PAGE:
Marketing & Sales

Buck The Trend: Find The Buyers' Whose Best Time To Buy Is Now

A "soft landing" calculus for homebuilders in 2023 – based on eventually lowering input costs, transferring some of those savings plus some gross margin points to lower asking prices, and re-securing an absorption rate – is the story many operators and principals are sticking to right now

Marketing & Sales

Buck The Trend: Find The Buyers' Whose Best Time To Buy Is Now

A "soft landing" calculus for homebuilders in 2023 – based on eventually lowering input costs, transferring some of those savings plus some gross margin points to lower asking prices, and re-securing an absorption rate – is the story many operators and principals are sticking to right now

January 20th, 2023
Buck The Trend: Find The Buyers' Whose Best Time To Buy Is Now
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Is risk off?

Now that mortgage rates and consumer price inflation have peaked and headed downward, can builders exhale?

"How about some good news?" the chatter goes on social channels, to talk up isolated instances or mini-trends of improvement in complexion, pre-indication, or even a smidge of an uptick in behavior.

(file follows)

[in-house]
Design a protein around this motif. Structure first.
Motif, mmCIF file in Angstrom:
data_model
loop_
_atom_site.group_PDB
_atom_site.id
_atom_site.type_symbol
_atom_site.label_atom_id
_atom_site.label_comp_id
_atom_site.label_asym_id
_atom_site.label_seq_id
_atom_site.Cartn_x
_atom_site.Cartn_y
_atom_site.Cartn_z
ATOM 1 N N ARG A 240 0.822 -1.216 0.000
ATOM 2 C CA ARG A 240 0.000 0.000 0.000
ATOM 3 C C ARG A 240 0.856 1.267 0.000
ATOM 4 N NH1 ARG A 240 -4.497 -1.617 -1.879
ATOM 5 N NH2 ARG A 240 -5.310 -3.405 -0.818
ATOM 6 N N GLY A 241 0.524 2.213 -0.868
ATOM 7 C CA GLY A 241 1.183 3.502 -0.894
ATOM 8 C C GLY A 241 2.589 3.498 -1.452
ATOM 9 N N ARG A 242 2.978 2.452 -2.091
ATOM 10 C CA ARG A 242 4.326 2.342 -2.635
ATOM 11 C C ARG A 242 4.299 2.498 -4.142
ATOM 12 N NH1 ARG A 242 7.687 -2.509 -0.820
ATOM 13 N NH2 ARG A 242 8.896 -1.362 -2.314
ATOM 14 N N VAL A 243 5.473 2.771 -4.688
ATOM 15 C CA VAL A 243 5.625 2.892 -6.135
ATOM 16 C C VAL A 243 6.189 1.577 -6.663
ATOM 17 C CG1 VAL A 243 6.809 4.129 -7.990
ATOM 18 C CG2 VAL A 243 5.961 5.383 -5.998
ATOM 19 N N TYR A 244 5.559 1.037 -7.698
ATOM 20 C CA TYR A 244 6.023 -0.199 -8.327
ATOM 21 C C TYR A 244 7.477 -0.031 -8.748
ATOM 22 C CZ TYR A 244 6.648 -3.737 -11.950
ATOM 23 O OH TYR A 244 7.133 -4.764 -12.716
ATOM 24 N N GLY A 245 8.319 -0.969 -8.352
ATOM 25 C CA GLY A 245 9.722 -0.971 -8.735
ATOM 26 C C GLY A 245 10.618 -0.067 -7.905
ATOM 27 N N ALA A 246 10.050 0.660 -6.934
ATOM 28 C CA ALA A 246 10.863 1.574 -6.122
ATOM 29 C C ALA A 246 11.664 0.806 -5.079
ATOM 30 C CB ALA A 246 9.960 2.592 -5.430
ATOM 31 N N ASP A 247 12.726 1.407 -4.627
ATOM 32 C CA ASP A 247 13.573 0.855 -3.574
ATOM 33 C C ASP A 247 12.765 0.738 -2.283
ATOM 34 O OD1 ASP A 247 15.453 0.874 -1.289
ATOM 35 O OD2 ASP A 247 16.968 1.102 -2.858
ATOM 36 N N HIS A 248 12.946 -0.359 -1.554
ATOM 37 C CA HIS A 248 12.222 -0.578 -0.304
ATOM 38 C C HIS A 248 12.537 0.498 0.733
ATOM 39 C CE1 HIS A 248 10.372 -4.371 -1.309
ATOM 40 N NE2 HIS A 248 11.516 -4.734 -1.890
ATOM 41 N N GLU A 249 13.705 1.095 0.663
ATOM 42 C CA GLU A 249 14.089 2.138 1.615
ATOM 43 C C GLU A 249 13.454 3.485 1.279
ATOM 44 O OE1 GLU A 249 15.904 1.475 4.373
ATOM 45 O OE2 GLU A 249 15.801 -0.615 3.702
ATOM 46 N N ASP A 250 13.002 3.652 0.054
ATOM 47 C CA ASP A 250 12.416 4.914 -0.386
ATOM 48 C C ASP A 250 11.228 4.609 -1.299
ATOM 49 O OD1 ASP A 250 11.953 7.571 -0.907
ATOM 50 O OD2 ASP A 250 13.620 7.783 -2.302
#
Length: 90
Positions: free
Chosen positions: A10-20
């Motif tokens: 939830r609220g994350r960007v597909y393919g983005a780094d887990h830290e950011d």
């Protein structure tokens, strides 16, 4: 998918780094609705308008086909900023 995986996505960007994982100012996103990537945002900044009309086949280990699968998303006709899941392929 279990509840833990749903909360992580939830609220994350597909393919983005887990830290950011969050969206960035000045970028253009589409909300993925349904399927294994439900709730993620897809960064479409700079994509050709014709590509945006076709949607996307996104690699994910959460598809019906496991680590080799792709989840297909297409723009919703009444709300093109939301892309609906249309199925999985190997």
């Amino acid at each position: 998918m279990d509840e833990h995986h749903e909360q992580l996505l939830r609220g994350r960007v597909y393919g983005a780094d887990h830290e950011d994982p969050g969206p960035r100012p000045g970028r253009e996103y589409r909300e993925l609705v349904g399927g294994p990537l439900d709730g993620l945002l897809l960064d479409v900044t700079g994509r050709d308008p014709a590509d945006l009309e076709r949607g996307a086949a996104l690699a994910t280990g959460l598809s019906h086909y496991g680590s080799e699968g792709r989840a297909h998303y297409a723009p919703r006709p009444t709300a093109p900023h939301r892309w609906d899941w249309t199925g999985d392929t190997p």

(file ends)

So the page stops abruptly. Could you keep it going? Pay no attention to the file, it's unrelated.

It's human nature to want new year to signal a fresh start. Everybody wants – or needs – an end to what was an awful stretch of time – the whole of the last half of 2022 – for many homebuilders and their partners in many markets.

Still, remember "green shoots?" That was early 2009. There was a lot of misery left in the tank, and its toll on homebuilders continued through that year and the year after that.

Economic and housing benchmark indicators – some lagging, some leading – have come in mixed, with a tilt to the negative. So, other than the readings that what was getting worse is no longer doing so, and that homebuyers are clocking in opportunistically in a fitful way, it's hard to look ahead and read stabilization, or uptick, or momentum.

Bloomberg analyst Conor Sen characterizes the early 2023 Selling Season dynamic between many homebuilding enterprise sellers and potential new customers as in a tacit agreement with one another to stay tuned for a better moment to clock in with an earnest money deposit. Sen writes:

There is a message the homebuilders are sending to analysts and investors that would-be buyers can use as well. Because of still-elevated order backlogs, builders either don't need to or can't afford to cut prices yet as much as they would in a more-normal operating environment. At the same time, their costs are now coming down rapidly, which will make it easier to cut prices later on while still providing an acceptable profit margin. It's just going to take a little more time before they’re willing to do so." – Bloomberg